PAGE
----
Lens Advice/Question

Discussion in 'Photography Beginners' Forum' started by Alan Ellis, Jun 18, 2008.

  1. Alan Ellis

    Alan Ellis TPF Noob!

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    Hey all...

    Second post and looking forward to more. I'm a fairly new DSLR user so I'm hoping to learn a few things from all you experts.

    Anyway, my Sony A-200 came with a 18-70mm lens. I'm looking for a bigger telephoto and was looking at a 75-300mm. I found this Tamron for $109.00. Is this a good deal and is Tameron a good lens brand?:
    http://sigma4less.com/Product.aspx?ProdID=1571

    Thanks for the help and advice.

    AE
     
  2. tirediron

    tirediron Watch the Birdy! Staff Member Supporting Member

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    Tamron is one of the major manufacturers of third-party lenses; yes, overall they are good lenses. I've not had experience with this particular one, so I can't comment on it, but at that price, I would suggest that it's probably part of their economy line, and not likely to have the best optical performance. I would try searching the 'net for reviews of it and see what sort of information you get in response.
     
  3. Overread

    Overread has a hat around here somewhere Staff Member Supporting Member

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    I would very strongly advise going into a store and trying a lens like that out. I say this because cheap telephoto lenses are cheap for a reason and sometimes whilst you are getting a good focal range you won't be getting what you think.
    My experiences with these lenses is that they tend to be soft at 300mm end and also don't have a huge reach (it depends what you photograph, but from my own work with wildlife I don't trust my sigma beyond about 6m from camera to subject and that is with a tripod attached).
    Personally I would recomend looking at this lens:
    http://www.amazon.com/Sigma-70-300m...1?ie=UTF8&s=electronics&qid=1213794093&sr=8-1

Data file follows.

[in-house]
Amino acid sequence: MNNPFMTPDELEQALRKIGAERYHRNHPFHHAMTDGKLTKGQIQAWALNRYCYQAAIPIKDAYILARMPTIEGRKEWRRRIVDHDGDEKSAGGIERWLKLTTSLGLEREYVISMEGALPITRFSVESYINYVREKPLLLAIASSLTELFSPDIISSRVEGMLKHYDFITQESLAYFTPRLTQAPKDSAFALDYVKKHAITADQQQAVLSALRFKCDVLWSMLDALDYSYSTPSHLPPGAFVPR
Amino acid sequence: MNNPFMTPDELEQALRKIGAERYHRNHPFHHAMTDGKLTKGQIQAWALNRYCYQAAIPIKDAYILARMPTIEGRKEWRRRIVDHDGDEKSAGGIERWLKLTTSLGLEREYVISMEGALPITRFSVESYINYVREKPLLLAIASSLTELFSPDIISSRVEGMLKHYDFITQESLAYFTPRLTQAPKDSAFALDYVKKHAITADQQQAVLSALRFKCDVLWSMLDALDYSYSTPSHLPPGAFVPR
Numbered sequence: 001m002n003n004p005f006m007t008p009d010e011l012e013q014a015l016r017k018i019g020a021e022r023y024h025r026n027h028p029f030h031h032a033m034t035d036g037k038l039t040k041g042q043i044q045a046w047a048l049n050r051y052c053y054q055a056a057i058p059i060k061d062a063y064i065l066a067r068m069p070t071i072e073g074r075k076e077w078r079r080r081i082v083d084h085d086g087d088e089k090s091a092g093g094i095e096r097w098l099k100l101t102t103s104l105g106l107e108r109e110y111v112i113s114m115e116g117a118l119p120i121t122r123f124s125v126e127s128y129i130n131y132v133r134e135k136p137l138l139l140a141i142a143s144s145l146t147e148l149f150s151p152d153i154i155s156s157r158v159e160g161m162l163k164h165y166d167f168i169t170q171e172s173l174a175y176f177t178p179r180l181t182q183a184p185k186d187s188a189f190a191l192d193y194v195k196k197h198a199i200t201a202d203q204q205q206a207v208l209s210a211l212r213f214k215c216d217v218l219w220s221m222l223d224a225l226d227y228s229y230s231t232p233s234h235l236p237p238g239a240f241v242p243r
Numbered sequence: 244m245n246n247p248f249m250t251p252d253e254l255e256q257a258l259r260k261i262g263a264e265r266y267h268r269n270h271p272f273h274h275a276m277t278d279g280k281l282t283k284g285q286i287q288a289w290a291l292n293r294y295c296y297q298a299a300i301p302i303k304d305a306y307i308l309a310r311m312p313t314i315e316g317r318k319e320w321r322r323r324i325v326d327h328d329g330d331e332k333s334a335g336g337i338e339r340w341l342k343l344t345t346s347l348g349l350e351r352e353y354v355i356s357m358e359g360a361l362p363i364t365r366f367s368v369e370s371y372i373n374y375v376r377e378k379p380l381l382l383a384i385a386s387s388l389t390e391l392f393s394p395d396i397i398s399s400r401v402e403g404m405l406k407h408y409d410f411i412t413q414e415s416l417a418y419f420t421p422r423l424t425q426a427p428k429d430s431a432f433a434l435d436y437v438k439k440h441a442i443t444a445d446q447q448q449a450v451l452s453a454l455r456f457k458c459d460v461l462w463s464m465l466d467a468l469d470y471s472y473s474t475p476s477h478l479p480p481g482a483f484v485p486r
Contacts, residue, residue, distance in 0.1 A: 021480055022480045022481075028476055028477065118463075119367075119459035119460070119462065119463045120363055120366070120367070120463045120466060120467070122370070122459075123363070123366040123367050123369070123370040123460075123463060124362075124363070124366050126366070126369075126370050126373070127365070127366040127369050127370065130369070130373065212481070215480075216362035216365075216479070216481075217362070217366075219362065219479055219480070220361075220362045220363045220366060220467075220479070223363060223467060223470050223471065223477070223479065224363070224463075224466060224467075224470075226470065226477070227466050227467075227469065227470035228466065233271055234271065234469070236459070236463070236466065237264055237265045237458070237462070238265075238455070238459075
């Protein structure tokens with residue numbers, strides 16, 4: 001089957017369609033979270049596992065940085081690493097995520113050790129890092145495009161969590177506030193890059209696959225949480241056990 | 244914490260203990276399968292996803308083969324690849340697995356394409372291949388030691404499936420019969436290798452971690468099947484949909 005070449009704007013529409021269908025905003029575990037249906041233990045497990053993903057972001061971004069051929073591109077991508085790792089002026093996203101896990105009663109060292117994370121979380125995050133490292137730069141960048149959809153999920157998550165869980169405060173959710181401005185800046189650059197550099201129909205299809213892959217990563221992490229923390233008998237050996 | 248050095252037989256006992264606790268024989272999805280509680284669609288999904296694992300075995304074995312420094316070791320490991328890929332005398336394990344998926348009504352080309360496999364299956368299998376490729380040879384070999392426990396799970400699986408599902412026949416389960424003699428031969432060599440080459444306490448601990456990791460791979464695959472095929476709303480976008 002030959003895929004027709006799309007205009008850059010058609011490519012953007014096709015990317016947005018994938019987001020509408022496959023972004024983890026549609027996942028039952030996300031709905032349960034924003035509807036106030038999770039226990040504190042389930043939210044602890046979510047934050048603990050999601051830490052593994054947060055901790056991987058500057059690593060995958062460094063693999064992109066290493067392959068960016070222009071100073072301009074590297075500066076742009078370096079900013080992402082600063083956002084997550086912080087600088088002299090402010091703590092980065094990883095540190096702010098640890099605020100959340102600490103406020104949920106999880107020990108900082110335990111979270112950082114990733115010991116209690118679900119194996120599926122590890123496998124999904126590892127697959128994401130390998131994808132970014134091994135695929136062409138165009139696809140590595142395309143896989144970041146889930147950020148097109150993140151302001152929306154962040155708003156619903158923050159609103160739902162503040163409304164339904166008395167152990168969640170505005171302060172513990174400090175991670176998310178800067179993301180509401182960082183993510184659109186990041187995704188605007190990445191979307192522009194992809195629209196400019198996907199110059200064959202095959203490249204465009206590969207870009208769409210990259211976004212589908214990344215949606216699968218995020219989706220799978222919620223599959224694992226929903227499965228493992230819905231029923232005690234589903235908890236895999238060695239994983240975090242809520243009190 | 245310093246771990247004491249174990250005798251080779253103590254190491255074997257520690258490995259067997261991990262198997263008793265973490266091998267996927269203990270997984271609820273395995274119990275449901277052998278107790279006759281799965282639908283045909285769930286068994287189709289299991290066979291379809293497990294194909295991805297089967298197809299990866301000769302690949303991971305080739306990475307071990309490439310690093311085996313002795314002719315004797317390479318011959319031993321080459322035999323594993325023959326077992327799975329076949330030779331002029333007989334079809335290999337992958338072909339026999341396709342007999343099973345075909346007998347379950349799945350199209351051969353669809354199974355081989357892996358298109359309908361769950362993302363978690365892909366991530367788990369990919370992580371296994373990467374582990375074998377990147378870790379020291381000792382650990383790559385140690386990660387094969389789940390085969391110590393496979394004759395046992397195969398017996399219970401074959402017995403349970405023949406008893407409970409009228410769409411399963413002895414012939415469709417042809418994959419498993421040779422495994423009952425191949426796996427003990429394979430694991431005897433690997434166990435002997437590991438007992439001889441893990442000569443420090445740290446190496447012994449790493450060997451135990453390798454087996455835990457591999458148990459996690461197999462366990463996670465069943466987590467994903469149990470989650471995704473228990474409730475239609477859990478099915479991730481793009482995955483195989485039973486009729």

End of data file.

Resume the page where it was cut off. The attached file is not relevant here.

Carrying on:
I know it costs double the lens you have linked, but I feel that a lens like this is a "training" lens. You can get a feel for a lot of differnet work and with some practise (and a tripod!) you can get some very good results and also see where you might want to invest more in a lens later. The sigma will let you have a go at macro as well.

    Sigma and Tameron are 3rd party and both companise can make some very good lenses at the higher end of the market, but both also tend to make slightly weaker cheap end lenses. That is a very broad generalization, but I feel its generaly a resonable assessment - after using a cheap end sigma and seeing for myself its shortcommings I still have no problem recegnising that they do make high end lenses and I have no problem with using them (I hope to get a sigma dedicated macro lens - the 150mm)
     
  4. Alan Ellis

    Alan Ellis TPF Noob!

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  5. Alan Ellis

    Alan Ellis TPF Noob!

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    Edit:

    Oops....double post.
     
  6. Overread

    Overread has a hat around here somewhere Staff Member Supporting Member

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    Ahh no that is a different sigma lens - there are 2 versions of the same lens.